How to Protect Against Data Loss When DB is Virtualized

Stop Data Loss

How’s your data backup doing?

Whether your business application stores financial data such as invoices, or PI (personal information) data such as personal or customer records – at the core of any business software is the DATA.

What changed…

Well, a lot has changed over the last decade as many IT departments have started using virtual technology.

But be¬†FOREWARNED¬†because virtualizing your database server doesn’t add any additional data loss protection; in fact, it makes database backup slightly more difficult due to the differences in physical versus virtual server hardware.

What are the minimum backup requirements, now?

The same as before. At a minimum, you still need a backup and a restore plan, but the methods have surely changed (or some would say they have improved).

Basic Backup Plan Framework

A backup plan clearly documents how servers and database backups should happen to protect against data loss…

…and it should provide an overview of the backup procedure and staff responsibilities.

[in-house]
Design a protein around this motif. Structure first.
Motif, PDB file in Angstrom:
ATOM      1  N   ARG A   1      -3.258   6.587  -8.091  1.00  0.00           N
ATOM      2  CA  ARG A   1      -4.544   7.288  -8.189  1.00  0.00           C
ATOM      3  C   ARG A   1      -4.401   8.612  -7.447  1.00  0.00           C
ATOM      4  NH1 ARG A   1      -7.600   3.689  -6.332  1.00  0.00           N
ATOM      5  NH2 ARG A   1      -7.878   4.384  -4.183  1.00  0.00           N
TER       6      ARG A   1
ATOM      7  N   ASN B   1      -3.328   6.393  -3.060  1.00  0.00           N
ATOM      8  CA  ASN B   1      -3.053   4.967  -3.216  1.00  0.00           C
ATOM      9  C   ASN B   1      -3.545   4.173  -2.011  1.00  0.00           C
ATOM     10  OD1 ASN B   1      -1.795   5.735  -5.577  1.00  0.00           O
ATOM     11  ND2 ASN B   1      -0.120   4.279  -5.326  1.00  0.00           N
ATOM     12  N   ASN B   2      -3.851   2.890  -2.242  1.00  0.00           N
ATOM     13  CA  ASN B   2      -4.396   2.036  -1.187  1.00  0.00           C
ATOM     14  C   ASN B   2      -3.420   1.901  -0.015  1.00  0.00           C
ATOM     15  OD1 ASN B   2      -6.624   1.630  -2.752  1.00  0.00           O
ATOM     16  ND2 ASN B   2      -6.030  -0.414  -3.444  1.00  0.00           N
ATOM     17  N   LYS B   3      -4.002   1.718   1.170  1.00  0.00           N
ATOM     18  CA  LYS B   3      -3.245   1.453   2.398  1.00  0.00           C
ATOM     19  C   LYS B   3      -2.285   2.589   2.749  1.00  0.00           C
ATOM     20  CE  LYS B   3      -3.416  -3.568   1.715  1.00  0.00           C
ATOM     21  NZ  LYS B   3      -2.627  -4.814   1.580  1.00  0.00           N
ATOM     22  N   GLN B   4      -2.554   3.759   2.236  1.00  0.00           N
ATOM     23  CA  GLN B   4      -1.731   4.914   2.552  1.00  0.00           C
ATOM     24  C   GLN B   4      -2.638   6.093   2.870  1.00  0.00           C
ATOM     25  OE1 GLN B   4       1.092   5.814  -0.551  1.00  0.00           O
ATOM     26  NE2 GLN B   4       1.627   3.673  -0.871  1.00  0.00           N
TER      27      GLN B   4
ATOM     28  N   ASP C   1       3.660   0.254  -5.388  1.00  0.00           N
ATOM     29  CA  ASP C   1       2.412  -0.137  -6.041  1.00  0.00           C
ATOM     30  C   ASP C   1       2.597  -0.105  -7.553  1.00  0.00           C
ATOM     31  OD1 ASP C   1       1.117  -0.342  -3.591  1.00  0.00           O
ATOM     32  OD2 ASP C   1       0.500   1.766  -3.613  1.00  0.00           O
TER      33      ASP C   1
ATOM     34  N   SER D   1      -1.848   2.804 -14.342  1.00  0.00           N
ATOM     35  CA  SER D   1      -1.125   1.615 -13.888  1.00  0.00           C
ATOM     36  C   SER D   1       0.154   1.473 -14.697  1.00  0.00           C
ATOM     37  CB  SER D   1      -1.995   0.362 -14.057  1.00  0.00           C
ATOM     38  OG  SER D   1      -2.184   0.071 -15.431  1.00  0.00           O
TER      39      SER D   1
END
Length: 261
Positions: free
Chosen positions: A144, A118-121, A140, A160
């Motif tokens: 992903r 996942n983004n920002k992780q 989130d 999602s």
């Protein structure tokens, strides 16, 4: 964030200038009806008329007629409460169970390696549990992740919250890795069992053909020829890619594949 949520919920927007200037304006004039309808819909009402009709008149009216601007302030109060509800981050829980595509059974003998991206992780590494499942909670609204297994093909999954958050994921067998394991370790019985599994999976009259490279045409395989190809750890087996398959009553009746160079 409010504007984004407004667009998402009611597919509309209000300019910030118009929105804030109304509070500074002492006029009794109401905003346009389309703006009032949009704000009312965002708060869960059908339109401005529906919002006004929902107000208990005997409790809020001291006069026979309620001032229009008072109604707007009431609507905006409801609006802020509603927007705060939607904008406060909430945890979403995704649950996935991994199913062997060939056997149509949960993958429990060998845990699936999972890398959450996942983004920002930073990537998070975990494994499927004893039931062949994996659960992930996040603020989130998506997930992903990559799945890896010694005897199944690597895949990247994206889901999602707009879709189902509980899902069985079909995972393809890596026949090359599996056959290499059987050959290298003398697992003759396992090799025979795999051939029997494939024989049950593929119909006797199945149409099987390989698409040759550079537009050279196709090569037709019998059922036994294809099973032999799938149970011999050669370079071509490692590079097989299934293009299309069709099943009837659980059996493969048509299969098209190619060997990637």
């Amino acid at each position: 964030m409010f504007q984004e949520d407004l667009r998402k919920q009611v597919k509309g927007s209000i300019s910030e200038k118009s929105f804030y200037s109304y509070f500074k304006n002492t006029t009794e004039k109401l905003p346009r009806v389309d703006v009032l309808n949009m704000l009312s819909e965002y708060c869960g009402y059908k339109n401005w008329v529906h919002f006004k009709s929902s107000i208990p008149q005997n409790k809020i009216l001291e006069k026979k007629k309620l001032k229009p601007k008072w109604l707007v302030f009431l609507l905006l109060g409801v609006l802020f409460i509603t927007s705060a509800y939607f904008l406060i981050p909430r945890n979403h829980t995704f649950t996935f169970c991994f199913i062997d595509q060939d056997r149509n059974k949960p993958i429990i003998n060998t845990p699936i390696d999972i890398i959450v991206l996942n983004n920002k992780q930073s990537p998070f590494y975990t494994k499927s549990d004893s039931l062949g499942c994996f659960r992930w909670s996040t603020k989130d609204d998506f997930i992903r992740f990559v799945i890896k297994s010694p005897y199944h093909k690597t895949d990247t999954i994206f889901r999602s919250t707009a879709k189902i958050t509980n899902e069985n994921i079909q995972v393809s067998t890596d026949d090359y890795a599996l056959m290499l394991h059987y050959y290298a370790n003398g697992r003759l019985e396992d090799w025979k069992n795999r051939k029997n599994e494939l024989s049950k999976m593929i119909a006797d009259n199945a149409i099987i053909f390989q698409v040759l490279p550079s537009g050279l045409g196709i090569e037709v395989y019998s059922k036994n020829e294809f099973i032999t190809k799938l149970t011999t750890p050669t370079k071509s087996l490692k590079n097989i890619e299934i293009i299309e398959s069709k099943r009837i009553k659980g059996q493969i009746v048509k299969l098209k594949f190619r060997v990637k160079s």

The plan should cover these tasks but can cover many more:

  • who is responsible (assign one person to own and drive it)
  • when the backup happens (create a clear schedule for when jobs run – GANTT Chart)
  • how often it happens (Daily, Weekly, Monthly)
  • where the backup is stored (onsite, offsite, on tape, or on disk – for how long)
  • who monitors the backups (daily monitoring)
  • who re-runs the backup job if it fails (yes, rerun if they fail)

All this should be in the basic backup plan to ensure clarity and accountability for backing up servers, data, and logs.

Restore Plan

A backup restore plan should have steps for restoring files and data from the backup archive. This process should be tested to ensure it works and is up-to-date.